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Why Faith-Based Professional Coach Training? by Keith E. Webb

Apr 1st, 2009 | By | Category: Training & Certification Guest Posts

Dr. Keith E. Webb, coach trainer and cross-cultural leader with Creative Results Management, builds the case for faith-based professional coach training.

Many in ministry call themselves a “coach” or describe their ministry function as “coaching.” In many circles the term is often used interchangeably with mentoring or one-on-one teaching or discipleship. In the marketplace, the function of coaching has taken on unique characteristics that produce effective results. Increasingly, these skills require specialized coach training.

Becoming an effective coach requires specialized training.

This training should consist of at least four broad components:

  • specialized training to learn and practice the core coaching skill set;
  • understand and be able to function within the principles and practices of the coaching relationship;
  • experience coaching as a coachee, and later be mentored regarding your coaching;
  • utilize learned skills in coaching others.

A one- or two-day coaching workshop will simply not give potential coaches the instruction or guided practice they need to become effective coaches. Neither will books, internet sites, or audio recordings. Learning to coach requires getting with an experienced coach to learn and practice the art and skills of coaching.

An Increasingly Higher Standard

More and more, the people we minister to are going to read and hear about professional coaching and will ask us, “Where did you get your coaching training?” or “What qualifies you to be a coach?” or “Are you accredited as a coach?”
That last question brings up the topic of professional coach accreditation. The International Coach Federation is one of several worldwide bodies that set standards and ethics for the coaching industry.

Non-profit coaches, even those not coaching full-time, would benefit from professional coach training and from following professional coaching standards.

How Coaching Training With Faith Helps

Is there anything unique about Christian coach training? Yes, and for faith-based organizations there are distinct advantages over marketplace coach training.

Introducing coaching with a biblical worldview will help faith-based organizations more rapidly instill a coaching paradigm in their staff. By matching Christian values, worldview, and beliefs, coaching will be seen as a way to live out those qualities. Suspicion over whether or not coaching is a New Age practice or just the latest Western management fad will also decrease.

By way of illustration, after leading a coaching workshop, a participant came to me and said, “I didn’t know that coaching was for Christians too. Coaching practices sounded good to me, but until now I wasn’t able to make the leap between coaching and my faith.” He is not alone.

Many people learn paradigms and skills in a secular setting and then have difficulty integrating them with their faith and practice. Given enough time, most Christians can “contextualize” their secular training, but by then they’ve missed the advantages of immediate implementation thus lowering their chances of integrating new behaviors into their lives.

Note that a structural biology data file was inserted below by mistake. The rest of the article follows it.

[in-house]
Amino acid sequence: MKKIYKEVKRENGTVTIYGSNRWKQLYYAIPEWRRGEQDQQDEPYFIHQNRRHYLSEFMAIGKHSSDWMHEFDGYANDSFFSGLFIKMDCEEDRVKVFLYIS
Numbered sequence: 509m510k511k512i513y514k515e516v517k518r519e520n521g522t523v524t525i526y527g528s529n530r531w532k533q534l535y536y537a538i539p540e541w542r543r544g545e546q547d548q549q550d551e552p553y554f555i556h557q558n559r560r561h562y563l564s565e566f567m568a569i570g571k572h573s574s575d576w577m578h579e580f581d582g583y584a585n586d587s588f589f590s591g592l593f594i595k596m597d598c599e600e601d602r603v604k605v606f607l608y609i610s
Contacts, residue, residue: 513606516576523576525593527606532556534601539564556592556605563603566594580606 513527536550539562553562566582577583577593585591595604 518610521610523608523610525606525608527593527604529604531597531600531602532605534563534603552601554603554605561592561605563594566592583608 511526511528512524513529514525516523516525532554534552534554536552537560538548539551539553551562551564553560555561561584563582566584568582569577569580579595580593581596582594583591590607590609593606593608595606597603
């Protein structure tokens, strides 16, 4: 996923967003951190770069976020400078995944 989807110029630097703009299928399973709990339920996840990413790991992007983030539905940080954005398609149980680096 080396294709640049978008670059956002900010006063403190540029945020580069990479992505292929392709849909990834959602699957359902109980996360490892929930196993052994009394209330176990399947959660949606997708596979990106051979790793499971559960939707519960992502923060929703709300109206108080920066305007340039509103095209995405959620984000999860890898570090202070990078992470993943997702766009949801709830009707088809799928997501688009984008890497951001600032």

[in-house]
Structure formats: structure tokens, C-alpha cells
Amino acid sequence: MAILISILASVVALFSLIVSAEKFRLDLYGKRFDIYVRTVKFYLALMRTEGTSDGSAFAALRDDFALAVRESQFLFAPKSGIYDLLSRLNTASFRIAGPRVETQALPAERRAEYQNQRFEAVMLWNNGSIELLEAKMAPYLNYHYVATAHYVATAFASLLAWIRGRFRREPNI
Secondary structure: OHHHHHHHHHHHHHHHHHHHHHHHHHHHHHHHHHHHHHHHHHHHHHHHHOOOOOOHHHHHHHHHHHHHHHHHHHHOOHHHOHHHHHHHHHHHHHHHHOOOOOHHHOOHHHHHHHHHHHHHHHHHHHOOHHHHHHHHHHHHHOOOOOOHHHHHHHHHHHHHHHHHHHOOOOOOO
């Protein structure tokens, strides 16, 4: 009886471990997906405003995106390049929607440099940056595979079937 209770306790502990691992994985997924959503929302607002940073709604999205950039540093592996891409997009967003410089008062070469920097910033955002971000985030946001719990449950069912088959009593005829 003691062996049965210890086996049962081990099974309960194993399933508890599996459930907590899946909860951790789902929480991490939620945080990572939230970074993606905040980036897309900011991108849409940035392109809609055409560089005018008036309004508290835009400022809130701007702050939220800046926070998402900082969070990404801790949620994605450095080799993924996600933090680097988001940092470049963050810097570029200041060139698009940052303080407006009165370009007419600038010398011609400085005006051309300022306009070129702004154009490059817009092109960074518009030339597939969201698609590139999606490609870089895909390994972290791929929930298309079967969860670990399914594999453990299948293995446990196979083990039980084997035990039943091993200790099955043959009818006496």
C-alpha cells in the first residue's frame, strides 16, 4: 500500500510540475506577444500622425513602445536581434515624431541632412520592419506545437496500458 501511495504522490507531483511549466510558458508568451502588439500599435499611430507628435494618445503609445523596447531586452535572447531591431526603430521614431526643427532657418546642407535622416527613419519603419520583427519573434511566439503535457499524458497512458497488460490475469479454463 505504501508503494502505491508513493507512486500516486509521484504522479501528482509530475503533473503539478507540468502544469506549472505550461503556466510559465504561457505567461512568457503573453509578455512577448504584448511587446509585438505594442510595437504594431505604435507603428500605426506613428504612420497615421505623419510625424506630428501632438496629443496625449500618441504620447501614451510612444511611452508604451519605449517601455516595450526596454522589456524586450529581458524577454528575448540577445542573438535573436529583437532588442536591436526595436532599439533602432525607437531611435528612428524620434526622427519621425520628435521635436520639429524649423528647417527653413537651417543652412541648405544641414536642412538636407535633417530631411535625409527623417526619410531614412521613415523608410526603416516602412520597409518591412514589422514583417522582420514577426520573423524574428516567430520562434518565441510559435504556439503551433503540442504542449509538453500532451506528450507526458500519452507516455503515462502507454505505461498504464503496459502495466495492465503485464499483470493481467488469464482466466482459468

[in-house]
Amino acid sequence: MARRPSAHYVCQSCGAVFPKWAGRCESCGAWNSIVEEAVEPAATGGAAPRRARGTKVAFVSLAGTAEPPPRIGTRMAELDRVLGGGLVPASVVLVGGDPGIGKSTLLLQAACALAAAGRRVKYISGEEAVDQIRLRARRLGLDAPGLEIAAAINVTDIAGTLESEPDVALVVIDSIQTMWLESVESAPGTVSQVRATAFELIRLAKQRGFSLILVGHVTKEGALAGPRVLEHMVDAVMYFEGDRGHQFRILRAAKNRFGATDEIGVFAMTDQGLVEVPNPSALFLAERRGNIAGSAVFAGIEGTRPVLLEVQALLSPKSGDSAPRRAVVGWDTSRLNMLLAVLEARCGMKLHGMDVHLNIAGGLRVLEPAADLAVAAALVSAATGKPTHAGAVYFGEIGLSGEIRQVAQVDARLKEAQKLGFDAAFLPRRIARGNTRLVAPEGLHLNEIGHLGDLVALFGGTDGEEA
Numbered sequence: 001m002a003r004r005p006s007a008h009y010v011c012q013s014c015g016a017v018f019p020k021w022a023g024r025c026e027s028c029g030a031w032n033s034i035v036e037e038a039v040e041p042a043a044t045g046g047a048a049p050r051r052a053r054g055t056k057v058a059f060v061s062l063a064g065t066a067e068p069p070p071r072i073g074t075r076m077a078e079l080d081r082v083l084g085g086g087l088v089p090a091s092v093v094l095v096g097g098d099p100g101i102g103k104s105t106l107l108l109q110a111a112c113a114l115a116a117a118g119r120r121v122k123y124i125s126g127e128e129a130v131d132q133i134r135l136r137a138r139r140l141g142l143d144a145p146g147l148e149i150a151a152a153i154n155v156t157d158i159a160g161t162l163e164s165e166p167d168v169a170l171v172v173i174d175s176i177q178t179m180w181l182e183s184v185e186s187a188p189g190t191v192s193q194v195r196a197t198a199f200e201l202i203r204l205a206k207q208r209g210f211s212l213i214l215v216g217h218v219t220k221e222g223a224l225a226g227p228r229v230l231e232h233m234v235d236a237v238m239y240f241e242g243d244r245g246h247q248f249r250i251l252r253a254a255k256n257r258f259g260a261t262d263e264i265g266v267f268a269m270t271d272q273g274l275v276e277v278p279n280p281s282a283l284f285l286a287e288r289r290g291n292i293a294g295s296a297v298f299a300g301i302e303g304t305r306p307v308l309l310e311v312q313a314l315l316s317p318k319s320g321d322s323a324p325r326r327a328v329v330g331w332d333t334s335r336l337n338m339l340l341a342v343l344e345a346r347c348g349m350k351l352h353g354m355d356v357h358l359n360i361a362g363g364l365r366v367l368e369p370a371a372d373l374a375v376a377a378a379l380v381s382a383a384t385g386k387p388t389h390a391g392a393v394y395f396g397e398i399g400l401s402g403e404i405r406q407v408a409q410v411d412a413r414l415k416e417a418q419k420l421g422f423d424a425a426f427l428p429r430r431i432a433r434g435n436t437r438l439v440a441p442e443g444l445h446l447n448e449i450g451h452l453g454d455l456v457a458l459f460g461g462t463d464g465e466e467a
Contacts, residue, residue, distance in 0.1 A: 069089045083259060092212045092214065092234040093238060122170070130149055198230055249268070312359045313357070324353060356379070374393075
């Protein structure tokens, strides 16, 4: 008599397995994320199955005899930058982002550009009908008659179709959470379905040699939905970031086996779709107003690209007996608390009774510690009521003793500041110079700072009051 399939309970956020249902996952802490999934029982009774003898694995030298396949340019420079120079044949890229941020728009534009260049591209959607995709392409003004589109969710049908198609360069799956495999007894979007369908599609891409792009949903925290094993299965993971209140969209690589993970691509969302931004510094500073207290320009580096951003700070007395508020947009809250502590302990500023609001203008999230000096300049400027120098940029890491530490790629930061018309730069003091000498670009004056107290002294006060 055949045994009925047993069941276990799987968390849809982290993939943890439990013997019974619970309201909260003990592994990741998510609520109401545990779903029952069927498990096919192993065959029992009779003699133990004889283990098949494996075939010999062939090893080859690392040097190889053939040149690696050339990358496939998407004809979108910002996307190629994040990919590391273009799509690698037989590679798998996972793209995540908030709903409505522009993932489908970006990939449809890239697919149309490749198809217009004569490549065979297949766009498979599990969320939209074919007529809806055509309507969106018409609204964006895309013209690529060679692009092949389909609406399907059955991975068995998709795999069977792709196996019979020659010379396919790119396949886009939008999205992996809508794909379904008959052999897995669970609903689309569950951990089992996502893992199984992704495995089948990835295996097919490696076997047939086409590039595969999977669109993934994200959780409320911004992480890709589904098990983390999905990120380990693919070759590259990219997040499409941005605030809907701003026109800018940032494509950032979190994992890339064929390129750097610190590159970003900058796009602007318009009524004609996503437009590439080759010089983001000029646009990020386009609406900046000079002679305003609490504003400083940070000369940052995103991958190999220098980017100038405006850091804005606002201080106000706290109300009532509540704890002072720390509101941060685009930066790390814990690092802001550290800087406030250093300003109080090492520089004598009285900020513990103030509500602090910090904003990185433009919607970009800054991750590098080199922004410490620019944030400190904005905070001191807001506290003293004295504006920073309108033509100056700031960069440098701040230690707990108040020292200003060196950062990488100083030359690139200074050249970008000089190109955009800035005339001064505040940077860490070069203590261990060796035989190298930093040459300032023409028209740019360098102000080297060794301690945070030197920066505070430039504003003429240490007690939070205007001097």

Coaching training with a Christian worldview integrates participants’ faith with their coaching skills from the beginning. They immediately apply their learning and skills when it’s fresh and begin creating new habits of behavior the day they finish the training. A dynamite combination of strengths!

Coaching Expresses Christian Values The fact is that basic coaching principles are very much in keeping with Christian values. Biblical passages can illustrate and reinforce coaching values and skills.

For example:

  •  The Holy Spirit is the real coach, John 14:15-18.
  • Listening is an important and difficult skill, James 1:19, 26.
  • Be like Jesus, ask questions, Luke 2:46-47.
  • The role of a coach is to draw out the coachee’s understanding, Proverbs 20:5.
  • People must think and develop holistically, Mark 12:28-31; Luke 2:52.

Better Results

Demonstrating how new coaching values and skills integrate with existing Christian values and belief system will mean a higher and more rapid employee adoption rate. In other words, your employees will actually use their new coaching skills.

When a participant connects a new coaching skill with their faith they get excited. It’s natural. People want to integrate their deepest values with their new learning. Christian coaching allows that to happen naturally.

Also, there’s no danger of a dichotomy between employees’ personal faith values and practices and their newly-introduced coaching values and practices. Employees will be able to enhance and express their faith through coaching and coach training. This deep-level integration is sure to produce better results than a non-faith-integrated approach.
Copyright © 2007 Keith E. Webb & CRM   Dr. Keith E. Webb is a professional certified coach helping organizations develop the capacity and skills of people while multiplying organizational results. Keith is the author of The COACH Model for Christian Leaders. He developed the 61-hour Core Coaching Skills Certificate Program and offers a free monthly newsletter with articles like this one.

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